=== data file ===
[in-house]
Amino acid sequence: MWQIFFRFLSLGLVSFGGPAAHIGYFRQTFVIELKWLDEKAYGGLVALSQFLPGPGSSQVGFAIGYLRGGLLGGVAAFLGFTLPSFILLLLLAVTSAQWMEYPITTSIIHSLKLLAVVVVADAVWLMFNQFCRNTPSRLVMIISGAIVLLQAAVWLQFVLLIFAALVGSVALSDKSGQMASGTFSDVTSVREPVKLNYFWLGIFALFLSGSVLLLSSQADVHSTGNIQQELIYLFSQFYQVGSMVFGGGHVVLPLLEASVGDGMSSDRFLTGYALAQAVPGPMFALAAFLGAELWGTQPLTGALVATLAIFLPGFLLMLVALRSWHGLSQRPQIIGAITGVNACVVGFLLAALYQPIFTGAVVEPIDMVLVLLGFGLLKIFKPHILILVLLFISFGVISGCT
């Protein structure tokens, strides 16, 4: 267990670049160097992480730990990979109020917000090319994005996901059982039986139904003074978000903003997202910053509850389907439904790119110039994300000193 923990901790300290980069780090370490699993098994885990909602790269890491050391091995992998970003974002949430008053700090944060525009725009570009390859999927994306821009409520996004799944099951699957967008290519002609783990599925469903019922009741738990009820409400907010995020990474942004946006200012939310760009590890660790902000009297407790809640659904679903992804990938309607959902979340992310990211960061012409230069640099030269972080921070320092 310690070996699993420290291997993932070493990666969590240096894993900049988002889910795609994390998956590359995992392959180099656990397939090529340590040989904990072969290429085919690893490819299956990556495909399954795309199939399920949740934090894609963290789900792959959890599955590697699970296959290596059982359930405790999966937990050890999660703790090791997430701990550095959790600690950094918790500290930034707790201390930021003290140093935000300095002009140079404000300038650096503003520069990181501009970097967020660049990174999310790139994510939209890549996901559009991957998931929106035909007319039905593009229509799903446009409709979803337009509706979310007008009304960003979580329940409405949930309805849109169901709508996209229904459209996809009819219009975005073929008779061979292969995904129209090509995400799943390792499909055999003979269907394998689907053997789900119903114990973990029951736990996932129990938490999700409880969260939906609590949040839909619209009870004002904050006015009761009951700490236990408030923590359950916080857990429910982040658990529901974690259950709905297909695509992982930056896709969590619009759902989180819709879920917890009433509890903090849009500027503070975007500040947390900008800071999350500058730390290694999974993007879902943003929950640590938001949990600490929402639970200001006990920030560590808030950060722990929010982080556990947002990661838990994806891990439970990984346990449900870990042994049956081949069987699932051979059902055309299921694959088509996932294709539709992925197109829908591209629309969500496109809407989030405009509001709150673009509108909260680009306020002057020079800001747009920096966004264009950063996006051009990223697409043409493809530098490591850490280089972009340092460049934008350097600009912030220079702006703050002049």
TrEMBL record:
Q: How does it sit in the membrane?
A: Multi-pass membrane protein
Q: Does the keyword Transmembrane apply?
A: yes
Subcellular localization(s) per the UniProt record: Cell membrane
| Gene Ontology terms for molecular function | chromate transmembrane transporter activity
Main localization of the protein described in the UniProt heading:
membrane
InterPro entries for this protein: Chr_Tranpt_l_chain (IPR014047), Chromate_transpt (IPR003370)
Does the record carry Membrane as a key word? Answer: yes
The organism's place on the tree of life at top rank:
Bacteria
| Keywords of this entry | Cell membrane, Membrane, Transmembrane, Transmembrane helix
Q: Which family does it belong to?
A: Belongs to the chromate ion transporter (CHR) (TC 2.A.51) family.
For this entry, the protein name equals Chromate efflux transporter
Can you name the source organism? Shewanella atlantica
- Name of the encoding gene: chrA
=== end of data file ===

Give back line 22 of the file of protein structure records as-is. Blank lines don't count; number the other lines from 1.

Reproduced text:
- Name of the encoding gene: chrA